Our fourth Pop-Up Presentation was a massive success. We had over 50 people stuffed into our Sanlitun store to see three of Beijing’s Branding Maestros dish on differentiating your brand and standing out of the crowd. For those of you who didn’t make it (and those of us who had a little too much beer) here’s a recap of the marketing tips. Stay tuned for the next event coming soon!
Think big. Whatever you’re thinking, think bigger. Beijing is a crowded city and all the marketing channels are even more so. We’re all creative people, we all have creative ideas. But if no one sees them then… it’s a waste. More than the event itself, think about how you can push it to more people, to more channels.
Plan. Plan. Plan. Everyone knows that things can go wrong so plan ahead. Plan deep. Think about the eventualities and figure out how to deal with them beforehand. Believe me, just pulling off a smooth event is success enough. But more than that, a good plan will allow you to take a step back, see other promotion angles and seize sudden opportunities on the day.
Make friends. I don’t think you’ll find a more interesting and diverse collection of people anywhere else in the world than Beijing. Everyone has different backgrounds and are doing different things. These people are your best brand ambassadors. Also, forget big PR events. Invite media out one on one, spend some time with them and you’ll get a much better result.
Think Outside Your Product (Box). Get crazy. Just because an idea or program doesn’t have anything to do with your product at first blush doesn’t mean you can’t do it. If you’re into it and you think it’s amusing or viral or you’re passionate about it, go for it. We look at everything and think “how can we do this differently?”. The Feeding Starving Artist campaign is a perfect example of this. We took something that everyone does, and made it our own.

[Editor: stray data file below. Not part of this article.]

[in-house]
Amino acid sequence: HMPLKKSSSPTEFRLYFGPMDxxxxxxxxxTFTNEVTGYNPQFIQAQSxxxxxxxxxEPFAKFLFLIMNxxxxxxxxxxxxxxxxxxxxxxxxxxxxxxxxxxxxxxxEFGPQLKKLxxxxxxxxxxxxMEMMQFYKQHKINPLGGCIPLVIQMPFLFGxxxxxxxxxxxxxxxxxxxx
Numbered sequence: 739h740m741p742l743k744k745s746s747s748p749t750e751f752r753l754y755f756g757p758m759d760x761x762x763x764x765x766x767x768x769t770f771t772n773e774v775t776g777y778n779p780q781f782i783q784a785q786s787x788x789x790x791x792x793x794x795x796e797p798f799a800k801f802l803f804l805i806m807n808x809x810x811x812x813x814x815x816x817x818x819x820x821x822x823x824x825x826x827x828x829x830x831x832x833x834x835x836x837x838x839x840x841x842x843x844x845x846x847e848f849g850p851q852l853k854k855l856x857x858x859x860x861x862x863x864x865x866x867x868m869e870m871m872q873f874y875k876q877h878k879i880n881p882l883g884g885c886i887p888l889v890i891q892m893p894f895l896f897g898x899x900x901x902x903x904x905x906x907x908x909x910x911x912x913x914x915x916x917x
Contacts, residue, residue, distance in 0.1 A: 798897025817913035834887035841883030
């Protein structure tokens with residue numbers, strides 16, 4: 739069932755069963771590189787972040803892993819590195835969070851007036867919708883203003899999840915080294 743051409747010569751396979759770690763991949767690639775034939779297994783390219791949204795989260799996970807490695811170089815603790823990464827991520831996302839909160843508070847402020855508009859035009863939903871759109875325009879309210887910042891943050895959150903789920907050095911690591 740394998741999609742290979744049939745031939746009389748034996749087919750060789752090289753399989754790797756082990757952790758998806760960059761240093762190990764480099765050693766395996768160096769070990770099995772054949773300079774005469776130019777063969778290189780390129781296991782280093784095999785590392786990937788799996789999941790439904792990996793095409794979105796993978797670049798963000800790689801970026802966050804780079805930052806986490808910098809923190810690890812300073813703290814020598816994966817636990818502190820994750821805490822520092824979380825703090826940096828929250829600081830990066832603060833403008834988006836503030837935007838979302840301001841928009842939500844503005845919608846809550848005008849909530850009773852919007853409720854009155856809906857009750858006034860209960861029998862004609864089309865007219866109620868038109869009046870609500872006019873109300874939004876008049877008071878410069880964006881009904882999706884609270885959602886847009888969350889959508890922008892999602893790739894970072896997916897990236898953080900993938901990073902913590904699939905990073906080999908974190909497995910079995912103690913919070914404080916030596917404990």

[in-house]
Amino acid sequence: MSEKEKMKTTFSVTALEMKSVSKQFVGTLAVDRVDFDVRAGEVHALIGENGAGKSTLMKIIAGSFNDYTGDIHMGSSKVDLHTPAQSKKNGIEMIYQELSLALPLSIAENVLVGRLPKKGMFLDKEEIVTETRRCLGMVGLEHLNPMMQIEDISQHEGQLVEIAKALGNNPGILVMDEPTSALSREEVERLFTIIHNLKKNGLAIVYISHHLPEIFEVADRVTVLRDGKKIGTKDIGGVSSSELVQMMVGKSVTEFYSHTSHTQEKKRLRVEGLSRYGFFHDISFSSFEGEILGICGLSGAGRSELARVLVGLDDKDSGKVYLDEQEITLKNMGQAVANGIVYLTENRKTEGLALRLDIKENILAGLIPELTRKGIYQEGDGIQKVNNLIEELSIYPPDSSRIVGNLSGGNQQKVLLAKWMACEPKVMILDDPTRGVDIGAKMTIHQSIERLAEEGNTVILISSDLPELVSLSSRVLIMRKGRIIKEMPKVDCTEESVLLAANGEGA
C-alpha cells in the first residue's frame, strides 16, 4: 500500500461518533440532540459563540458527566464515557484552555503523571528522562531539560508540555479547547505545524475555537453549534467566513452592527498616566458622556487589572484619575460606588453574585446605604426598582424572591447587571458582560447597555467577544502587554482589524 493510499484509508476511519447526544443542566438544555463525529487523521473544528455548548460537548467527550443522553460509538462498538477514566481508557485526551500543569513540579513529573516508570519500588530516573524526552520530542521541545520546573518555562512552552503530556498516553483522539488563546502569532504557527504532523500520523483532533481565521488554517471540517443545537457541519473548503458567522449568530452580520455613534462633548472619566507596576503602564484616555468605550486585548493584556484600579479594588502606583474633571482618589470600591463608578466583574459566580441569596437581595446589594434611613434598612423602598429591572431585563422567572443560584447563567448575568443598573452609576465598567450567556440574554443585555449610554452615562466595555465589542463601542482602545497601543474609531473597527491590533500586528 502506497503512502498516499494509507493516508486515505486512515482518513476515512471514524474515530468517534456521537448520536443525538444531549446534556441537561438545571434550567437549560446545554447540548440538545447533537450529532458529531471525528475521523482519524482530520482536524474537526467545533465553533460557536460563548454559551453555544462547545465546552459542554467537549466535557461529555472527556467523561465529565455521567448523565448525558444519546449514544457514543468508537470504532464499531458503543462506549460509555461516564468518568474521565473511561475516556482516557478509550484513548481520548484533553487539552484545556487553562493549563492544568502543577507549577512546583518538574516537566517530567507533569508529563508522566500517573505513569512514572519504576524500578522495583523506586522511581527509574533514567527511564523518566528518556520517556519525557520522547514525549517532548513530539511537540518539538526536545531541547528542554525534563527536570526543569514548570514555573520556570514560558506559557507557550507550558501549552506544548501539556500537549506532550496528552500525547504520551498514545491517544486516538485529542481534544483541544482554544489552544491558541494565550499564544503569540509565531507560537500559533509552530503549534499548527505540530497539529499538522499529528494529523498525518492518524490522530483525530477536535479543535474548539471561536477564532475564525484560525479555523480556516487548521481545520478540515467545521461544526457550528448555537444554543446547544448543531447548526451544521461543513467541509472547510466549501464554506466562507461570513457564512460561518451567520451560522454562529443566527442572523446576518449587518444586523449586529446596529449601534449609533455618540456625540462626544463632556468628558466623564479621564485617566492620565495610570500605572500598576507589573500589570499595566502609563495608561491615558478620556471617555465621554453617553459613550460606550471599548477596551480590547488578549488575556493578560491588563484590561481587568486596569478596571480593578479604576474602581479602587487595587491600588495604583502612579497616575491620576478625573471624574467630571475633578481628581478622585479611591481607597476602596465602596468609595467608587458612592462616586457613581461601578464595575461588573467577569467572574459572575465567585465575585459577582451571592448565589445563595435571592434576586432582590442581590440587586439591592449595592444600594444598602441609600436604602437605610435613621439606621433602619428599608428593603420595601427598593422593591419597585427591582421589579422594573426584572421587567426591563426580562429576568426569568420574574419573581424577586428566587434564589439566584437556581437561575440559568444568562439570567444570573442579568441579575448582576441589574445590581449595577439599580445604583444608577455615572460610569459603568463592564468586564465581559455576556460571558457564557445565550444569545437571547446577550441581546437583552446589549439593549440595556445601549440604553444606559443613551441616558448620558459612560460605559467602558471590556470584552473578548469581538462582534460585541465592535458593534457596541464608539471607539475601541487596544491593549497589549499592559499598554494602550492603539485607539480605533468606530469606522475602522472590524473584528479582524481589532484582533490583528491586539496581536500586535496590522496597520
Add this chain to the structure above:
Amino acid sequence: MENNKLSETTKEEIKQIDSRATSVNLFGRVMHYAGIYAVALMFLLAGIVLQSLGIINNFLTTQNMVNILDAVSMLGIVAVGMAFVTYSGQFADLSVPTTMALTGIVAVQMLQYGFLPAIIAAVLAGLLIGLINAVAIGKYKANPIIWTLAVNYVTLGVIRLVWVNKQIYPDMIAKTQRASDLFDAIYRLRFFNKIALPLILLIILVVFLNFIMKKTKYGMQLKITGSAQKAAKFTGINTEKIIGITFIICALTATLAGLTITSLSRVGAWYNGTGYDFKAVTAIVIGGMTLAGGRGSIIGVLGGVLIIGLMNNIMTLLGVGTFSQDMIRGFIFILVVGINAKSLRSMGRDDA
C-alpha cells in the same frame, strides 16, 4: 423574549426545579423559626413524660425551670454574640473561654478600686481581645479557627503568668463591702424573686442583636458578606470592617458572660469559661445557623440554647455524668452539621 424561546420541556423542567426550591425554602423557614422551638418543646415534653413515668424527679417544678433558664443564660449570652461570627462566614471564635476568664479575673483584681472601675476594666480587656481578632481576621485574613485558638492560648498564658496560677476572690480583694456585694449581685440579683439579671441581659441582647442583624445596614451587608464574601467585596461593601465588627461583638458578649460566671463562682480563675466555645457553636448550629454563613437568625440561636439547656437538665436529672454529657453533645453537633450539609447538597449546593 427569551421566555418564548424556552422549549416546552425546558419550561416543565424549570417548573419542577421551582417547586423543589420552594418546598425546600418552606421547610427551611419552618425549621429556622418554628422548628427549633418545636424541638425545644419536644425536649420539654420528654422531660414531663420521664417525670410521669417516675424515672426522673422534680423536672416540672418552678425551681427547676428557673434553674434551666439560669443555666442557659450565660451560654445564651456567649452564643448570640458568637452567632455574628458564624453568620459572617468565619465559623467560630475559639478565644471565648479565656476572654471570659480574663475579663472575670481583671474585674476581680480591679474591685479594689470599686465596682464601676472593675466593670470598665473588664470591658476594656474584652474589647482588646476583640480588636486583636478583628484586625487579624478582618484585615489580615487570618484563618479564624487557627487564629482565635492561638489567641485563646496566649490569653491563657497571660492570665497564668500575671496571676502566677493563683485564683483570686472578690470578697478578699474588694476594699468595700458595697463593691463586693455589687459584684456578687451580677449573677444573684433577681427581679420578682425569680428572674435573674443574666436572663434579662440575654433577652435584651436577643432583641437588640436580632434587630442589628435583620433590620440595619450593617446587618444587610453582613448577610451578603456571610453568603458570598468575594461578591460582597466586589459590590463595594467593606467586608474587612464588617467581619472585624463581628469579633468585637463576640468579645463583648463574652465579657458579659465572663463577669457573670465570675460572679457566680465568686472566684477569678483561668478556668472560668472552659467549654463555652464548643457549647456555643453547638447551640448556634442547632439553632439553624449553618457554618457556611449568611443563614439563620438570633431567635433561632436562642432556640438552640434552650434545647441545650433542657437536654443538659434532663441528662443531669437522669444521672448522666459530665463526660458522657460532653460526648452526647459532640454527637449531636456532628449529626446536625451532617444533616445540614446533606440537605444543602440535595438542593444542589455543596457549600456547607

Be Passionate. Don’t fake it. Especially with things that might be seen as ‘trendy’ such as our Green program. We’re sure some people rolled their eyes with this, but we like to think proved ourselves in the long run. We launched the program after a long gestation period nearly a year and a half ago. And just six months ago we published our first GRI report. Staying true to your passions will give you the gas to outlast your critics, and earn you genuine kudos.
Run Towards Problems, Not Away. People who leave comments generally do not expect replies. Even more so for complaints. Of all of our most loyal customers, probably about half of them initially made a complaint. We try to keep a 24 hour customer reply and resolution policy. It’s tough sometimes, but even a simple apology gives people a surprising and lasting impression.
Treat your customer like your wife. Always be looking for new ways to surprise her and put a smile on her face. Recently I sent some North Korean artists a picture of Beijing’s CCTV tower and asked them to paint a “beautiful future”. The resulting artwork was forwarded over 400,000 times on Weibo! Not that I consider this a success as no-one bothered to tag me. So, treat your customer like your wife – but don’t forget to tag yourself.
Get distracted. This doesn’t exactly help in the wife department but I’ll come back to that. Marketing and creativity rewards a breadth of knowledge and a wide range of experiences. If you get too focused, you get boring. And too much planning means your marketing loses its heart and soul. So get distracted! Follow new ideas and new trends. It’s in the process of being distracted that I find my creative ideas – though it can be trying for my wife when I forget to pick up the kids. Which leads me to my next point:
Keep reinventing yourself. A relationship – like any good business – needs to be continually reinvented. You need to be in a constant state of revolution. We used to say “80 hou” or “90 hou” [post-80's or post-90's generation] but now I say “81 hou”, “82 hou”. Each generation is completely different from the one that precedes it. If I was still selling the t-shirts I was selling even 5 years ago I’d be out of business. Keep changing for the market, keep reinventing yourself and you’ll keep your business going strong – as well as your marriage.